OMAHM – Interview – Part 2

Alright, we’re back, part 2 of the interview with mart about his full Mustang restoration.

The last post gave you some insight into why he chose this car, who bought it for him, (Again, his wife ROCKS! Click here to see the article about it, again!), and what he has had to do to complete this build.

Here, we are going to finish the interview and here a couple of stories regarding the Mustangs encounter with other humans.

Where is it now, in the rebuild stage?

After four and a half years of hard, sometimes tedious, frustrating work she was completed. That’s every weekend I was working on the car, except for a few weeks of holidays. I also worked during the weekend and evenings during the summer while the light lasted.

Mart drove it as a completed restoration on February 21, 2016

Were there any special parts you have used?

(I have added several reviews Mart has written on his website for you to check out. Maybe this will allow you to see how good/bad or easy/hard a part is to work with. He has more than what is listed here.)

I tried to make the car stock as possible although I used some upgrades. American Autowire wiring loom, LED lighting,  front disc brakes, dual reservoir master brake cylinder, modern day replacement 2 speed wiper motor, upgraded sway bar, Monte Carlo cross brace, heavy duty export brace, 1 wire alternator, updated Holley 600cfm carburetor, Autolite replica grp 24 battery, steering wheel, custom door cards, custom fit exhaust, polished stainless steel fuel tank, lots of chrome and polished bits in the engine bay, Magnum 500 polished chrome 15″ wheels, raised white letter tires, original radio updated internally to take a smart phone or iPod connection, custom made voltmeter swap out, custom color paint job inside and out.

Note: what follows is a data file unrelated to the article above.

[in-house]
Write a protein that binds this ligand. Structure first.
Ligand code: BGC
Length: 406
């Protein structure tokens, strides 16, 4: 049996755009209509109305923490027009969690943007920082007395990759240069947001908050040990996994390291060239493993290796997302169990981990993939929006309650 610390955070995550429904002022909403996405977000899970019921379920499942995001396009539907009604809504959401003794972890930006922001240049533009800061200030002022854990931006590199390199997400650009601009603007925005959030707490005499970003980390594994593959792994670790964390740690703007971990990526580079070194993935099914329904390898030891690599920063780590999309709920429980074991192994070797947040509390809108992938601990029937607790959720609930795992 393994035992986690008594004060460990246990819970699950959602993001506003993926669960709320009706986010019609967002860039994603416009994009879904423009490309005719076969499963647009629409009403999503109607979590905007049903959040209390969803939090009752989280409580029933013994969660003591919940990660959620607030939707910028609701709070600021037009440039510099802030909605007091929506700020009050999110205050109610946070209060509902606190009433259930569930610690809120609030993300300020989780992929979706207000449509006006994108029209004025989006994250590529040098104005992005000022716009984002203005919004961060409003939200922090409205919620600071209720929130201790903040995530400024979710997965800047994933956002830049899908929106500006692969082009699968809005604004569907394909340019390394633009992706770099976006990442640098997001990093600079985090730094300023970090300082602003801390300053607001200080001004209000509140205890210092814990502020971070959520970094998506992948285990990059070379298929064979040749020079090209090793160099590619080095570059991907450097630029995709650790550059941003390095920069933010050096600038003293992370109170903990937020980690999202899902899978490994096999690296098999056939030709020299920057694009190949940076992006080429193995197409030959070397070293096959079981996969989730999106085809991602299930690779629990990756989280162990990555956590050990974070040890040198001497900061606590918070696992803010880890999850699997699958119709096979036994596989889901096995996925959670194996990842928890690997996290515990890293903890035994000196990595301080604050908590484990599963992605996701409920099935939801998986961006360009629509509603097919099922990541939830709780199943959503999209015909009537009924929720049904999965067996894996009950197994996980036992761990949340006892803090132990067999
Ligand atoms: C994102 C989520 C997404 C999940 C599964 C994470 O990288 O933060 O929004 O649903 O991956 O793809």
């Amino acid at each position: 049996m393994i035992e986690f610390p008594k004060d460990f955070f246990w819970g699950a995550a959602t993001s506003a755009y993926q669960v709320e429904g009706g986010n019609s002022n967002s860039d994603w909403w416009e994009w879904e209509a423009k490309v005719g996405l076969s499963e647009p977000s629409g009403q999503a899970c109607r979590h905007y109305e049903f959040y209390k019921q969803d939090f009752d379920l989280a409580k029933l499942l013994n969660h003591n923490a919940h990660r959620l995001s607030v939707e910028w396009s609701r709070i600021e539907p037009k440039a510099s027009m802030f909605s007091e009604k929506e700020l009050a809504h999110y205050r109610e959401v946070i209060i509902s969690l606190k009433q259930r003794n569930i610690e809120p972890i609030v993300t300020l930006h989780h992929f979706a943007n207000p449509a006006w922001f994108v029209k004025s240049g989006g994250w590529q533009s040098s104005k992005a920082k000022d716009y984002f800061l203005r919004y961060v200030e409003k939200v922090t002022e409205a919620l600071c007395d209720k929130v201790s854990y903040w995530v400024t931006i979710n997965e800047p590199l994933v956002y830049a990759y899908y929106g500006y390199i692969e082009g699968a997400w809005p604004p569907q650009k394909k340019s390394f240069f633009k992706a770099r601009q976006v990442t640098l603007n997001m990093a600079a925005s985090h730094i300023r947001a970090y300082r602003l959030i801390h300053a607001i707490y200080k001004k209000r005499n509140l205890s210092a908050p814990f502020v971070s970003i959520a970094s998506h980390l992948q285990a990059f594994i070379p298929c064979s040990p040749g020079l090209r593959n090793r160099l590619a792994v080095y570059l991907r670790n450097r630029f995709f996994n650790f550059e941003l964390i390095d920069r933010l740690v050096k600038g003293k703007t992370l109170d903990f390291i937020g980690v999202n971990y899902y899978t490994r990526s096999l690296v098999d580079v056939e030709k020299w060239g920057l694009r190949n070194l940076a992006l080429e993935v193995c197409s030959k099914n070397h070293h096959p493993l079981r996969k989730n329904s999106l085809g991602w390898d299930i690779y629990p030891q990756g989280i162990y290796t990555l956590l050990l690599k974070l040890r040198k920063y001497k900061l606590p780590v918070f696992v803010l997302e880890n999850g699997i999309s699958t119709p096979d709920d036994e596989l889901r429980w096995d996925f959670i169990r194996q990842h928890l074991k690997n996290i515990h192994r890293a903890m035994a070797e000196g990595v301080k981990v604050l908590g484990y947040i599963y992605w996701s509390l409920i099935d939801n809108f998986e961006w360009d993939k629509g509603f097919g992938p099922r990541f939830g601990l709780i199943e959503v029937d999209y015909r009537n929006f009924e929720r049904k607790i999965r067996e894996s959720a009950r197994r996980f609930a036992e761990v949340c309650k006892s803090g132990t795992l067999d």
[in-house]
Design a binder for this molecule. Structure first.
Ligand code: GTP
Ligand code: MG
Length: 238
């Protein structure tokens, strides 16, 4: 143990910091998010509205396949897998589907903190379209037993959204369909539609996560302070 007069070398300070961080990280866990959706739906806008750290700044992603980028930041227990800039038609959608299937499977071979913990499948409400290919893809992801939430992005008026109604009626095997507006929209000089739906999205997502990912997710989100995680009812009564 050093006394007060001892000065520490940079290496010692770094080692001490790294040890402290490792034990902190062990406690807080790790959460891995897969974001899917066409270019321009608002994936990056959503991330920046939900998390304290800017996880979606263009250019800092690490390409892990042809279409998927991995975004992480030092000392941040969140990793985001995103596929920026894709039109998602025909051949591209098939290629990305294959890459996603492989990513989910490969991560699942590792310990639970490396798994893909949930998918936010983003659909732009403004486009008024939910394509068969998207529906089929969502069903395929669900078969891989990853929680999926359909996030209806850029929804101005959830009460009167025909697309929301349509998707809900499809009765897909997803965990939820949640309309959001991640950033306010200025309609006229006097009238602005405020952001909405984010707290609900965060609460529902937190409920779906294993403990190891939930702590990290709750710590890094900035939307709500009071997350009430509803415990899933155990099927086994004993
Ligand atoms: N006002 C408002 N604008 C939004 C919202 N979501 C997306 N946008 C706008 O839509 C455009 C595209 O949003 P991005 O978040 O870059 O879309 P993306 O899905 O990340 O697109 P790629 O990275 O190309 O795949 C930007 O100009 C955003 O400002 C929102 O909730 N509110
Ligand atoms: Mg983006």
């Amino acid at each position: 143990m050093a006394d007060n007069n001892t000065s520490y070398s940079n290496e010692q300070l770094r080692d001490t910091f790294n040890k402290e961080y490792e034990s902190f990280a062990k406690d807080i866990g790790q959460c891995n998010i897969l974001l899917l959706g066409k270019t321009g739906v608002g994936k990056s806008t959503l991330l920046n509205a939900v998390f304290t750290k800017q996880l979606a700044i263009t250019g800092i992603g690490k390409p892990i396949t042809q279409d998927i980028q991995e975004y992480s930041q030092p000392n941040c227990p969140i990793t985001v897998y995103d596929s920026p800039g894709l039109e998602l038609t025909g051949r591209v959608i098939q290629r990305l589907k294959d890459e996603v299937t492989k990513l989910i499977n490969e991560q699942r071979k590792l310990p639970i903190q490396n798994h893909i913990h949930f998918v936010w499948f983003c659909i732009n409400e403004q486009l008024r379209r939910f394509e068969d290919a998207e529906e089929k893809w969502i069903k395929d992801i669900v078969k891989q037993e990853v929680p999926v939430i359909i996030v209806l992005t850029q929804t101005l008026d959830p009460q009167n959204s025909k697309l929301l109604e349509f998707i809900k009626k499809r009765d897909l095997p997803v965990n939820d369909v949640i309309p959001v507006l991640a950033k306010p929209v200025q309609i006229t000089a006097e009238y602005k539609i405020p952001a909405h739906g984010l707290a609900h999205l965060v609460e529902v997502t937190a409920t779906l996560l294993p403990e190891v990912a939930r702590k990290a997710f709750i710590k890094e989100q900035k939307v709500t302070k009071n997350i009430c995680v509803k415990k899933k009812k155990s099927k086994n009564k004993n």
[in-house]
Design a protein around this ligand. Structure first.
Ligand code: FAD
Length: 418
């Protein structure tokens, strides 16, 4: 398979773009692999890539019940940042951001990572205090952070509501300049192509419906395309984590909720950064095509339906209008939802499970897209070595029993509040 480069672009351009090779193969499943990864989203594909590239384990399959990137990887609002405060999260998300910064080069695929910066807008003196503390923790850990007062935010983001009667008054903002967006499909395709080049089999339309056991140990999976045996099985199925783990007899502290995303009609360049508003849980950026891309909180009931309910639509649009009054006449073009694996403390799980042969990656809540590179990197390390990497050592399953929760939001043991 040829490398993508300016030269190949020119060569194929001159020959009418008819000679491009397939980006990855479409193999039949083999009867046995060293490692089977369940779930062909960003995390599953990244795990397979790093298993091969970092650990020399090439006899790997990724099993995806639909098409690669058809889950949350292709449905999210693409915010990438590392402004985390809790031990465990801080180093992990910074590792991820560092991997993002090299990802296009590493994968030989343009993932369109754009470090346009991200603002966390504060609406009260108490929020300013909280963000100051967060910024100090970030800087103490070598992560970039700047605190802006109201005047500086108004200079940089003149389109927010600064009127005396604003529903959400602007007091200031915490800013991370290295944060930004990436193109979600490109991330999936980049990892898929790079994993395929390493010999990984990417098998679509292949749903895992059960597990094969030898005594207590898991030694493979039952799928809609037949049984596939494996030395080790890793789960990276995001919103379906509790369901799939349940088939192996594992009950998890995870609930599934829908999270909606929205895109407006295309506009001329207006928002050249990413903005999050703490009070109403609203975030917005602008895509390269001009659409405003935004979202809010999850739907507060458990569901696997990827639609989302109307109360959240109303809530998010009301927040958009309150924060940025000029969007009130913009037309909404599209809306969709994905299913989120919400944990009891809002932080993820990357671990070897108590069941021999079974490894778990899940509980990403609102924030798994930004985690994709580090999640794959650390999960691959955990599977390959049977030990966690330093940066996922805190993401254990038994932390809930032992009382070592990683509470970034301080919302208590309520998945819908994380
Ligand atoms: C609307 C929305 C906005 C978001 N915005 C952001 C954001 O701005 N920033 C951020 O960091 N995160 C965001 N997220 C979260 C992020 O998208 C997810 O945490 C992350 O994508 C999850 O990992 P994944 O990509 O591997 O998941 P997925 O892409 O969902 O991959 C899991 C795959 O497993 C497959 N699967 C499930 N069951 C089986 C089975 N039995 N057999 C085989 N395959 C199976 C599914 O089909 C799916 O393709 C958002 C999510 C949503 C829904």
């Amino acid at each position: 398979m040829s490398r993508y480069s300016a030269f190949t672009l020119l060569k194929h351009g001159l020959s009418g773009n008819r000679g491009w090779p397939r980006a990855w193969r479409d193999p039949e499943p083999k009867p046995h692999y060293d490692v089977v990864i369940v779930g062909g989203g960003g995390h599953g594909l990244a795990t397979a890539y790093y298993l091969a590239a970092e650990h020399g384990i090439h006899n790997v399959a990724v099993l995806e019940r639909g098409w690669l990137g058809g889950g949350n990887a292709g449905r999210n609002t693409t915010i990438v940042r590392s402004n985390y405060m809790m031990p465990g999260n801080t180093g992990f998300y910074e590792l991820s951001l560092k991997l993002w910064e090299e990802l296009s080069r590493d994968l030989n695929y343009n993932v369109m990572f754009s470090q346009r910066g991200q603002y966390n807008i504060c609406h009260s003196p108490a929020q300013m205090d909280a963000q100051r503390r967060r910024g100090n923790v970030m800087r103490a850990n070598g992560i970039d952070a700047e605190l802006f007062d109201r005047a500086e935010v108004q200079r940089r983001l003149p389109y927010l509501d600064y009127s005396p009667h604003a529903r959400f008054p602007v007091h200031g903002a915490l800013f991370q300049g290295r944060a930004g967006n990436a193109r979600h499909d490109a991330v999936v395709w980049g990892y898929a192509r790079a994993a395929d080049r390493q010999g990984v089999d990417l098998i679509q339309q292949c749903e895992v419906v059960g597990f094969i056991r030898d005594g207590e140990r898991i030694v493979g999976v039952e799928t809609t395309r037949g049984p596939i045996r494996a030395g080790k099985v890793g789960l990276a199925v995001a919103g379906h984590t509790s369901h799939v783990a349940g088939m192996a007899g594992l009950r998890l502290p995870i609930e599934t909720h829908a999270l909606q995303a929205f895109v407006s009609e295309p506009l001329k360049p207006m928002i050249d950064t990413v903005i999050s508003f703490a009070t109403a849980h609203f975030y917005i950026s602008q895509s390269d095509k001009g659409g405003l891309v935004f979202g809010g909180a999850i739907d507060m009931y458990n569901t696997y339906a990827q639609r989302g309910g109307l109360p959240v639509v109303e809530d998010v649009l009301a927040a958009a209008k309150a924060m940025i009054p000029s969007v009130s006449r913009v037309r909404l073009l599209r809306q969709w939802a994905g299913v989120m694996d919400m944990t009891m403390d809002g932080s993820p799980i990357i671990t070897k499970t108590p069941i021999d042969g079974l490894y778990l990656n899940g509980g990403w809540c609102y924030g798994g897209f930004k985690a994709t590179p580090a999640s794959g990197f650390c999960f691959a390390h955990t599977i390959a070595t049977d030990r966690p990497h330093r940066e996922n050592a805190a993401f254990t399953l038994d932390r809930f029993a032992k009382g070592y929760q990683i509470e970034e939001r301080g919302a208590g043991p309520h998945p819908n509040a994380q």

So, during this 4 year love affair,was there any help you have gotten? (i.e., friend(s), a garage, body shop, parts supplier, box store or online, yahoo videos that were helpful, etc.)

I looked on the Internet for things to help, and to be fair a lot of it wasn’t relevant. I needed brake diagrams, fitting guides all of which I found and eventually collated for my needs.

The experts at Mustang Maniac completed all my welding, panel work, paint job and prep work. They supplied me with steps that needed to be done and how I should do it. When I needed help for the heavy things they would help no questions. They set up my engine timings, and suspension alignment and road tested the car until they were happy to let me have it.

ALL my parts came from Mustang Maniac; everything was in stock from full panels to engine bay stickers. I picked their brains endlessly and wanted to learn. When I hear a noise from the car I pretty much have a good idea what it is now.

My wife has put up with me disappearing every weekend, supported me when things went wrong and has put up with me spending hours and hours writing about it all on my blog,

(You thought I was joking about his wife!)

I have documented everything that I could, I have also bought some great tools and some crap stuff too, everything I have used from paint stripper to car detailing products all of which I reviewed.

Ok, so, this is the end of the interview part of this post. Next are a couple of stories Mart e-mailed me to go along with it.

(From Mart) I can tell you a couple of little stories which could be a little note you can use which wasn’t really on my blog posts.

Once my car was completed it was taken straight to the Birmingham NEC Classic Car Show in November 2015. Most of the people were fantastic asking lots of questions, taking pictures and being interested in the car and how it was all done.

After the three days were finished I noticed that my voice had got considerably horse after all the talking I had done.